William Hurley has just put up a justification of the field of network
security countermeasures (a term he clearly prefers to the term
critics like to use–”vigilantism”) along with a
Like most people interested in pushing forward technology, I have
often been interested in those who try things that other people say
shouldn’t or couldn’t be done. That’s what led me to
early P2P filesharing systems
in 2000, for instance. I was interested then in the technical and
social movements Gnutella and Freenet represented, not the particular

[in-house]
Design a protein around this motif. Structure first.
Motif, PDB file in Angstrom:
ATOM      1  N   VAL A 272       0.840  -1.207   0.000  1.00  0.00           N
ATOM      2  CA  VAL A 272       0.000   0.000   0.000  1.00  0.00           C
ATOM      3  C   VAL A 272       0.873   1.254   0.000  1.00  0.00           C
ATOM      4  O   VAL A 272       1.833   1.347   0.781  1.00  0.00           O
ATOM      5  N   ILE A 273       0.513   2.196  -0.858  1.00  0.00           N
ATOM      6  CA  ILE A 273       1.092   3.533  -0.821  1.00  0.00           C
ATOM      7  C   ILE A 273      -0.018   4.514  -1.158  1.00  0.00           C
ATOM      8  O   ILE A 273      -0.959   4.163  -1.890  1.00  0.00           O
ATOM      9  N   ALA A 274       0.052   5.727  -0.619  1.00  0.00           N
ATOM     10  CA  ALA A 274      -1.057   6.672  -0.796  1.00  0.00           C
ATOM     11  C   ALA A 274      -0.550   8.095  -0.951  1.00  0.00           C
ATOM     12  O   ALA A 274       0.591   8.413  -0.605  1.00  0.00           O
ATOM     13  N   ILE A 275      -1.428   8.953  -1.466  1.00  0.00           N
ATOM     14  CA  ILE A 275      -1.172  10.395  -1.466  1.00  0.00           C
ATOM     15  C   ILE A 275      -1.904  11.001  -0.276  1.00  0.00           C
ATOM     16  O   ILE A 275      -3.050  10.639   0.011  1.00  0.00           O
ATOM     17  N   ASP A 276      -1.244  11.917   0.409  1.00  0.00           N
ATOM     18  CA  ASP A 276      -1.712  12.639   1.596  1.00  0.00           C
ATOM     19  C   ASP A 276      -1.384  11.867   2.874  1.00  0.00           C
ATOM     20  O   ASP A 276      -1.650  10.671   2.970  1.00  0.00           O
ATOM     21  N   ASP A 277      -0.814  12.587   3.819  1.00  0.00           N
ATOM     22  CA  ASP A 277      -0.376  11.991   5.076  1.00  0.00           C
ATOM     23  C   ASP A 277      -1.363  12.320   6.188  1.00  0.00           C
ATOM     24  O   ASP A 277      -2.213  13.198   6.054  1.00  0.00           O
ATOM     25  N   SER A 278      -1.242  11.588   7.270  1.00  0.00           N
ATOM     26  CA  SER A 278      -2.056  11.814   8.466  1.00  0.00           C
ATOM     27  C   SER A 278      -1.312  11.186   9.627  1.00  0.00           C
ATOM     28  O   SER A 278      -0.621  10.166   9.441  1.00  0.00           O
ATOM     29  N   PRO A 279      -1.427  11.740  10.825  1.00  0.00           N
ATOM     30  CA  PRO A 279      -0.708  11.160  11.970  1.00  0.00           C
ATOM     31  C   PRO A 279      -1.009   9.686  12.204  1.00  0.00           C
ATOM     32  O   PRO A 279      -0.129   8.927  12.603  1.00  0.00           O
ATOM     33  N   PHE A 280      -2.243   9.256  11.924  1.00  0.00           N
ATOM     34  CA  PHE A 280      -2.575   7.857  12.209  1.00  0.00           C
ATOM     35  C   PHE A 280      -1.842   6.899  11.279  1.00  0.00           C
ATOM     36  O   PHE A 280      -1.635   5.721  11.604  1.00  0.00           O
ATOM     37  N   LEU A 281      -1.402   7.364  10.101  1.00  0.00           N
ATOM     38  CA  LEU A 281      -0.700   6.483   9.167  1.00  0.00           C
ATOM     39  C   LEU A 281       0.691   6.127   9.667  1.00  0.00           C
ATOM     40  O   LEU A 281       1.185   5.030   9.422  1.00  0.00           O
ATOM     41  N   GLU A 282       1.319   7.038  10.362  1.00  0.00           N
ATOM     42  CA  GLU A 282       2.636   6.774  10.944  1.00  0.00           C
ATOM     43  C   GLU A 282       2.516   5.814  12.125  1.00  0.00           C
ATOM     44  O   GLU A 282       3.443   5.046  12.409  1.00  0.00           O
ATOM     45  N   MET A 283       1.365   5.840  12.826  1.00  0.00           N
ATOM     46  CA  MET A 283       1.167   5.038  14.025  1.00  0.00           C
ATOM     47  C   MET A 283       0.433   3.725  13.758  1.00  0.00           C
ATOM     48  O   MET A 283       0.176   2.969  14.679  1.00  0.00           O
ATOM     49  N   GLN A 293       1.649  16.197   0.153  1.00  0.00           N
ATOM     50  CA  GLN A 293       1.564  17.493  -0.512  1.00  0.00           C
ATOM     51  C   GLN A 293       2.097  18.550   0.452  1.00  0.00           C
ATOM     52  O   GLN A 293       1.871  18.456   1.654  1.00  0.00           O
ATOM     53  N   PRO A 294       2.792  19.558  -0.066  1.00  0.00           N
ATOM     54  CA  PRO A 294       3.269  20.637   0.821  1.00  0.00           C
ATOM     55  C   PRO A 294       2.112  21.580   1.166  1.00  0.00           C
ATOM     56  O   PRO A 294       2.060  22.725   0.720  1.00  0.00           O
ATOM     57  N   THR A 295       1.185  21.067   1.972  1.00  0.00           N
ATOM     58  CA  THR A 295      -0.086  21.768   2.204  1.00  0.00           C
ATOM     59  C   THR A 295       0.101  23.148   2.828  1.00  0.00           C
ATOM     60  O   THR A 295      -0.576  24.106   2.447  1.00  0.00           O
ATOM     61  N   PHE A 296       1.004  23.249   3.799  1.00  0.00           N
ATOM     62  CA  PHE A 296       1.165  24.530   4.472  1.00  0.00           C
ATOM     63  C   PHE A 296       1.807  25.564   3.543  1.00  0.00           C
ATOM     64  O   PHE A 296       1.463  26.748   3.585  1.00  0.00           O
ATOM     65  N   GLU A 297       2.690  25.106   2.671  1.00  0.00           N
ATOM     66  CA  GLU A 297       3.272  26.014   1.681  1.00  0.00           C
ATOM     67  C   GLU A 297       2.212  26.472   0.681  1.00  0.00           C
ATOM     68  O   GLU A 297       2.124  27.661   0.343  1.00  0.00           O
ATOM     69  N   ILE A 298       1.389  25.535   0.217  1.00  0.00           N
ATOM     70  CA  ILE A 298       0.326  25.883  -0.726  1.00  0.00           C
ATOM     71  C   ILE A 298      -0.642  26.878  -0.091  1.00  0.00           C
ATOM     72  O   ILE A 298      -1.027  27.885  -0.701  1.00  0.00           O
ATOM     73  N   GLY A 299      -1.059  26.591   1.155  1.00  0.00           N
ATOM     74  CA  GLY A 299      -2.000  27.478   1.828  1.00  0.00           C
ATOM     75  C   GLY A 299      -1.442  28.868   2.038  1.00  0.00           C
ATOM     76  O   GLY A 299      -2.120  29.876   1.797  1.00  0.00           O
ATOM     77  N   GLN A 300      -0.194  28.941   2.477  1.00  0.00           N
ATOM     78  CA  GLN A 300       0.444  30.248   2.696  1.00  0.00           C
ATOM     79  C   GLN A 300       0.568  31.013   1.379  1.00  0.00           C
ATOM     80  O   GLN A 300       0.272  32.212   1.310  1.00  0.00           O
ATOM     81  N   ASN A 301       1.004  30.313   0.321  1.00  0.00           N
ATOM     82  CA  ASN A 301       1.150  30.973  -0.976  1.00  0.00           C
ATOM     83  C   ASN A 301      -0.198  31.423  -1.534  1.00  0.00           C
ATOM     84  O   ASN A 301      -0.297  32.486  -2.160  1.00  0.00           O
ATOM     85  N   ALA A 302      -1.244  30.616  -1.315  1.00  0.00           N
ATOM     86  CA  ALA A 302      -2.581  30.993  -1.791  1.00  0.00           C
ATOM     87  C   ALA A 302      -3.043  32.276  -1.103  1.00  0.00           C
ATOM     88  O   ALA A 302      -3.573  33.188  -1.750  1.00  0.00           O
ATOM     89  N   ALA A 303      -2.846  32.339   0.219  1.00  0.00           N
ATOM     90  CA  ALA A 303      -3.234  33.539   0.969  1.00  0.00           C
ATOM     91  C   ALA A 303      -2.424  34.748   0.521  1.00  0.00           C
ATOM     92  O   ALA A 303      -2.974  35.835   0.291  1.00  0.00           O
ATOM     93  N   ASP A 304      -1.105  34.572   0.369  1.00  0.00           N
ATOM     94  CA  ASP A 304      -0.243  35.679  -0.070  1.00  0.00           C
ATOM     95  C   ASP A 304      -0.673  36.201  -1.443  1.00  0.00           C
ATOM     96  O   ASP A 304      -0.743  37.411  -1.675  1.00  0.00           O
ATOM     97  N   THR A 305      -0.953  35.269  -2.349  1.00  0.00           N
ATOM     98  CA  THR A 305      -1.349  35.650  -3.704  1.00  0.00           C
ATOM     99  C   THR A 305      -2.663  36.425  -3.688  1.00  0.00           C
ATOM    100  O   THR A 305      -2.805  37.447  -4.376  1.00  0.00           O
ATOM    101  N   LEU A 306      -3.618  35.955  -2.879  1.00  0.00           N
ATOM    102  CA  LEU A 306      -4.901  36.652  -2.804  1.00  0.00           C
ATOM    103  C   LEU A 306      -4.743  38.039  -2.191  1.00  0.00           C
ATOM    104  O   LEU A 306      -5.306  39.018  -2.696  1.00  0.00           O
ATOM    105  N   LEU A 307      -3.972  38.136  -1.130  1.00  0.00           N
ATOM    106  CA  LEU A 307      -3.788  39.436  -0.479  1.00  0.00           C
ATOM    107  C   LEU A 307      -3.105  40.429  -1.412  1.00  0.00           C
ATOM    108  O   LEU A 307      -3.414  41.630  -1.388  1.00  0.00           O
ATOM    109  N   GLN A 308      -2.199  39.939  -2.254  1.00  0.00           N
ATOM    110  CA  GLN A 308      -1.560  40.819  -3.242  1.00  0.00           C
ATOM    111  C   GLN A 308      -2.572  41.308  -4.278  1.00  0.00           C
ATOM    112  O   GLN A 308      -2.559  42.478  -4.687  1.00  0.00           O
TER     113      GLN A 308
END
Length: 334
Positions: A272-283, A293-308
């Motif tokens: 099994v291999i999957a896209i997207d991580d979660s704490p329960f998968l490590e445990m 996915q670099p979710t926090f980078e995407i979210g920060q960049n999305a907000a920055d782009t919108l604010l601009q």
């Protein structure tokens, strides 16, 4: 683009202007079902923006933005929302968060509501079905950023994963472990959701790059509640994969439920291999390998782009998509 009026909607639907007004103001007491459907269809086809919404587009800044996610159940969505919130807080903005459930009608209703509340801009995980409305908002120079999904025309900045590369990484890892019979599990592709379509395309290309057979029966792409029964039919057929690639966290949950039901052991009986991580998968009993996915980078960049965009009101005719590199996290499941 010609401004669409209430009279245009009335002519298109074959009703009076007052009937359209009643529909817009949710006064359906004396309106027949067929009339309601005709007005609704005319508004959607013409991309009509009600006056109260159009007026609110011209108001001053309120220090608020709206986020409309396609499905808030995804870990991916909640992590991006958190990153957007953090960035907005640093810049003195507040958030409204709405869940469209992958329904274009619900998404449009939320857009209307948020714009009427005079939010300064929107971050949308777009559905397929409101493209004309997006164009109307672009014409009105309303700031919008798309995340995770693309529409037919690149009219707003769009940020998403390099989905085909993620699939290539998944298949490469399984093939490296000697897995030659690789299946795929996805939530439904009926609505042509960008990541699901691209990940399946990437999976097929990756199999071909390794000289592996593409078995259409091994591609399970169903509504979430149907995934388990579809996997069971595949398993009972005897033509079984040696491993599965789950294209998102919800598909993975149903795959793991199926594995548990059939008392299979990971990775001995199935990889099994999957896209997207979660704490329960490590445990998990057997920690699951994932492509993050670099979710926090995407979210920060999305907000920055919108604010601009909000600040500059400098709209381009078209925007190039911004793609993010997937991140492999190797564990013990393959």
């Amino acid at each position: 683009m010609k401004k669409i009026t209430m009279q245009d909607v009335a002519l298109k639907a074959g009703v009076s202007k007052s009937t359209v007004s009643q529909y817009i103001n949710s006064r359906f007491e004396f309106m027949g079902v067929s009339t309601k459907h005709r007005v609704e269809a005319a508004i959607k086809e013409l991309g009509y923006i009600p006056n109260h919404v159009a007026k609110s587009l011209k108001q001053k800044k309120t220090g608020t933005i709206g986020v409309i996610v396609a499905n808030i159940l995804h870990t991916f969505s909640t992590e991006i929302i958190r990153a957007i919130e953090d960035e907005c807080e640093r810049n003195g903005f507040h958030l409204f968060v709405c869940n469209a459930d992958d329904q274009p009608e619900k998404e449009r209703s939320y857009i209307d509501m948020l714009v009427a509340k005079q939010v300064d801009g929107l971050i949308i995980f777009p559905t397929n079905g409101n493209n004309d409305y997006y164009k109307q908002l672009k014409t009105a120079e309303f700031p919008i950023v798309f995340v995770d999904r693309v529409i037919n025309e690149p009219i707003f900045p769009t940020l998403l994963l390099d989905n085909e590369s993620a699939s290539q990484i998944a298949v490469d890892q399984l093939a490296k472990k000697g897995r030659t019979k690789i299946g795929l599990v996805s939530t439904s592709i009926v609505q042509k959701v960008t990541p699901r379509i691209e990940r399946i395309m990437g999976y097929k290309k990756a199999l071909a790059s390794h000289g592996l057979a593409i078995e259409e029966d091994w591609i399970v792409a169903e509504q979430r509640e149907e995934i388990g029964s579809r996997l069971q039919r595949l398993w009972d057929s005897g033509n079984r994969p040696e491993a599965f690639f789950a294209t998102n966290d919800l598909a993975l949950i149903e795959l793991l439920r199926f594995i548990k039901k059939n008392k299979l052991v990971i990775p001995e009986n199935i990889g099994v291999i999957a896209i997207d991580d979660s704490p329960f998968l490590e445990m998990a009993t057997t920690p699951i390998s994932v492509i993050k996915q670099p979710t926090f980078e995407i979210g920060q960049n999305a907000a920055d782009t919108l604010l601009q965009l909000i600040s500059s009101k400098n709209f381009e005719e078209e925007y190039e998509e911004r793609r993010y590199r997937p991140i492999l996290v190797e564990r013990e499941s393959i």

usage of avoiding the legal ramifications of sharing files.
Countermeasures of the types Hurley describes (rather than some of the
crude and immature attacks promoted by others) look like another such
fertile area. The social interaction component, as with P2P, is
fascinating. Hurley is trying, through the open-source
to develop a completely transparent way to identify and protect
against attackers, and to get people around the world to collaborate
on this project. He’s even approached the Apache Foundation for help.
There’s a lot of talk about who can ensure security in our
society–and it’s not generally the authorities. I put forward the
idea in 1998 in an article titled
Hygiene, Not Cyber Fortress Protects Our Networks. Isn’t OpenSIMS
thinking along the same lines?